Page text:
This function returns the interval distance defined as max (|a-c|, |b-d|). An upper bound of the precise distance is returned. One of the arguments can be a dimensioned value of the type Float_Measures.Measure. Unit_Error is propagated when the arguments cannot be added because units are incompatible or differently shifted.
function From (Left : Interval_Measure) return Measure;
function To (Left : Interval_Measure) return Measure;
These functions return the interval bounds as dimensioned values.
function Get_Unit (Value : Interval_Measure) return Unit;
This function returns the SI measurement unit of the argument.
function Is_In (Left, Right : Interval_Measure) return Boolean;
function Is_In (Left : Measure; Right : Interval_Measure) return Boolean;
These functions return true if Left is a subinterval or else an element of Right. One of the parameters can be a dimensioned value of the type Float_Measures.Measure. Differently shifted parameters are allowed. If Left and Right have different units, the result false. The implementation is pessimistic in the sense that the result is true only if the precise result is. It means that due to computation errors the result can be false negative, but never false positive.
function Is_Negative (Left : Interval_Measure) return Boolean;
function Is_Positive (Left : Interval_Measure) return Boolean;
These function test if the argument is negative or positive. Note that non-positive interval is not necessarily a negative one. If both functions return false, then the interval contains zero.
function Length (Left : Interval_Measure) return Measure;
The interval length is defined as b-a. This function returns an upper bound of the precise result.
function Convert (Value : Interval_Measure; Scale : Measure)
return Interval_Measure;
This function is used to convert the interval measure Value to the measurement units specified by the parameter Scale. When offsets of Value and Scale are same this is null operation. Unit_Error is propagated when conversion is impossible because units of Value and Scale are incompatible.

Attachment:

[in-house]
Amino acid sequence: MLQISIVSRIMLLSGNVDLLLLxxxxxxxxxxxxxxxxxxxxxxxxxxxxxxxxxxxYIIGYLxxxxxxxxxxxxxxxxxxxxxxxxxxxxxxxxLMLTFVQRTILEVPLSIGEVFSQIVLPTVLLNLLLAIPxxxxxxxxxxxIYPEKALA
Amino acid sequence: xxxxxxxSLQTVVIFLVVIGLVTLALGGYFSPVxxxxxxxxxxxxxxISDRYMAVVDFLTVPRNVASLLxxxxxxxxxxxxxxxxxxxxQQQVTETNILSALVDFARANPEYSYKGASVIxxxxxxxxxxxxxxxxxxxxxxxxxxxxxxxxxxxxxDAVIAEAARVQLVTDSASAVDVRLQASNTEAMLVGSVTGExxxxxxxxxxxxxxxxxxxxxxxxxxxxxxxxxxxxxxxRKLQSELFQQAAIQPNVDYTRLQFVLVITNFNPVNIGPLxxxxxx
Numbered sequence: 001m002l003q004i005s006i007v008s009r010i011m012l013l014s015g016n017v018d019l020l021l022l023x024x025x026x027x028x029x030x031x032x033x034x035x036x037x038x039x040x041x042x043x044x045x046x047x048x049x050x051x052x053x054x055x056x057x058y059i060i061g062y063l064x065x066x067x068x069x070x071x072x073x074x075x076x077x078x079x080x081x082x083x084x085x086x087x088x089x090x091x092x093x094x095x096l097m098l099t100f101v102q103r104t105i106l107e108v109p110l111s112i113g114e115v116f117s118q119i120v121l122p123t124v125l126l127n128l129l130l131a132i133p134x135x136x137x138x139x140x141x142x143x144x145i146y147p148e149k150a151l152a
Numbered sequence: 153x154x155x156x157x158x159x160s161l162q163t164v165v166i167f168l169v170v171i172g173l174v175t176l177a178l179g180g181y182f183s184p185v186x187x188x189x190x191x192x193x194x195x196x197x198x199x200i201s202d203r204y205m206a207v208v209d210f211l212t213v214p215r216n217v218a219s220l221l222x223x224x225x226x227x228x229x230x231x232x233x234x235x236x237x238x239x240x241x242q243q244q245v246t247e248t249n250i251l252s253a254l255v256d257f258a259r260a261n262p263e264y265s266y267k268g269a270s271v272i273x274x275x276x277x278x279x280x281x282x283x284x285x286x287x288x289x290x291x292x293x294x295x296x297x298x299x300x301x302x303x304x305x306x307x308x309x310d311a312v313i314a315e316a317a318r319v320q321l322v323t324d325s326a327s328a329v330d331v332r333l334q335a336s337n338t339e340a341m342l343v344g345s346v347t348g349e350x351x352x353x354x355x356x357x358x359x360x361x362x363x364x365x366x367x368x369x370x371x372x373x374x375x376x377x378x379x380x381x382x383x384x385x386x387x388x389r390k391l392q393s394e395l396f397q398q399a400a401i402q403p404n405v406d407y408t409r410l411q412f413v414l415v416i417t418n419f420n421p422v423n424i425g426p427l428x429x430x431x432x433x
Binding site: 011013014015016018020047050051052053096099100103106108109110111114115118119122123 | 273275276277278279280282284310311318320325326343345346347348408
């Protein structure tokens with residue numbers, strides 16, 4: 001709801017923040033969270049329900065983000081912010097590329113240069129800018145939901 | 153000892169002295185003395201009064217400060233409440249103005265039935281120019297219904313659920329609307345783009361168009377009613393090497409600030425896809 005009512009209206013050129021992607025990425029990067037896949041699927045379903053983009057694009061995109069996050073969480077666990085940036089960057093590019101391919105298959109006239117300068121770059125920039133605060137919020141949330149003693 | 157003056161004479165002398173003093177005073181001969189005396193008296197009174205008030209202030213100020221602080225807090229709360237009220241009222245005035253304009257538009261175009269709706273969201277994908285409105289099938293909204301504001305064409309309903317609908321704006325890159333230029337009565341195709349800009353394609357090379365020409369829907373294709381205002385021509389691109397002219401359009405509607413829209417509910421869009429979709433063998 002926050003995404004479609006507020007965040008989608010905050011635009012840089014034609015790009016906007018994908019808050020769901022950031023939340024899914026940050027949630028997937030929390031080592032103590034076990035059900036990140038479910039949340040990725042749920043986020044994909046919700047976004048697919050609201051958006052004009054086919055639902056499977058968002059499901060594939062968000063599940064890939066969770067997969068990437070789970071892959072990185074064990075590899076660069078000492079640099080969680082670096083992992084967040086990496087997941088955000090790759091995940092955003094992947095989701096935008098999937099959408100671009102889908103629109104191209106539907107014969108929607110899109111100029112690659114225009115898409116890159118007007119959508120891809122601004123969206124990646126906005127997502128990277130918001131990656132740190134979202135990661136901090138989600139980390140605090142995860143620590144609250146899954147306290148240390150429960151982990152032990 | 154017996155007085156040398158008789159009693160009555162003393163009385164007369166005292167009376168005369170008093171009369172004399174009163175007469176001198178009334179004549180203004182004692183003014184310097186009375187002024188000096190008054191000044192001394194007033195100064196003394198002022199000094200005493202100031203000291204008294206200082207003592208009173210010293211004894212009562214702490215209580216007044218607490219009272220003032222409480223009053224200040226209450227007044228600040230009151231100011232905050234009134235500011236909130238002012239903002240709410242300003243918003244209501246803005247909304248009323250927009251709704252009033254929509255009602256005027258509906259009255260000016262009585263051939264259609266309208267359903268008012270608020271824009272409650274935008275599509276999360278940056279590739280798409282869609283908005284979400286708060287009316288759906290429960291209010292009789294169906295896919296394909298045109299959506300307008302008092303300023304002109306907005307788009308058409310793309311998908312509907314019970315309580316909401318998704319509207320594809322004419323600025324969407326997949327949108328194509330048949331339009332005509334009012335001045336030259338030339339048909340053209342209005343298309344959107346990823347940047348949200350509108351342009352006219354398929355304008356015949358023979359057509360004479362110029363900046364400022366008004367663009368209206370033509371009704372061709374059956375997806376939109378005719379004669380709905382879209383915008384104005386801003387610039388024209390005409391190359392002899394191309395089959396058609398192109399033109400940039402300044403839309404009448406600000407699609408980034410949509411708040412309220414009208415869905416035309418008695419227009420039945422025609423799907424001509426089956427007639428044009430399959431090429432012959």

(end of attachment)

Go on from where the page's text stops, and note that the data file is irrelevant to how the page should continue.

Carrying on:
function Get_Value (Value : Interval_Measure) return Interval;
This function returns SI equivalent of its argument. The result is a plain interval of the type Float_Intervals.Interval.
function Get_Value_As (Value : Interval_Measure; Scale : Measure)
return Interval;
This function returns Scale equivalent of its argument. The result is a plain interval of the type Float_Intervals.Interval. Unit_Error is propagated when conversion is impossible because units of Value and Scale are incompatible.
function Normalize (Value : Interval_Measure) return Interval_Measure;
This function returns unshifted equivalent of its argument. For example when applied to an interval of Celsius degrees the result will be an equivalent interval in Kelvin.
function Shift (Value : Interval_Measure; Shift : Number'Base)
return Interval_Measure;
This function returns an equivalent of its argument The offset of the result is determined by the parameter Shift.
function To_Interval_Measure (Left, Right : Measure) return Interval_Measure;
function To_Interval_Measure (Left, Right : Number) return Interval_Measure;
function To_Interval_Measure (Left : Measure ) return Interval_Measure;
function To_Interval_Measure (Left : Number ) return Interval_Measure;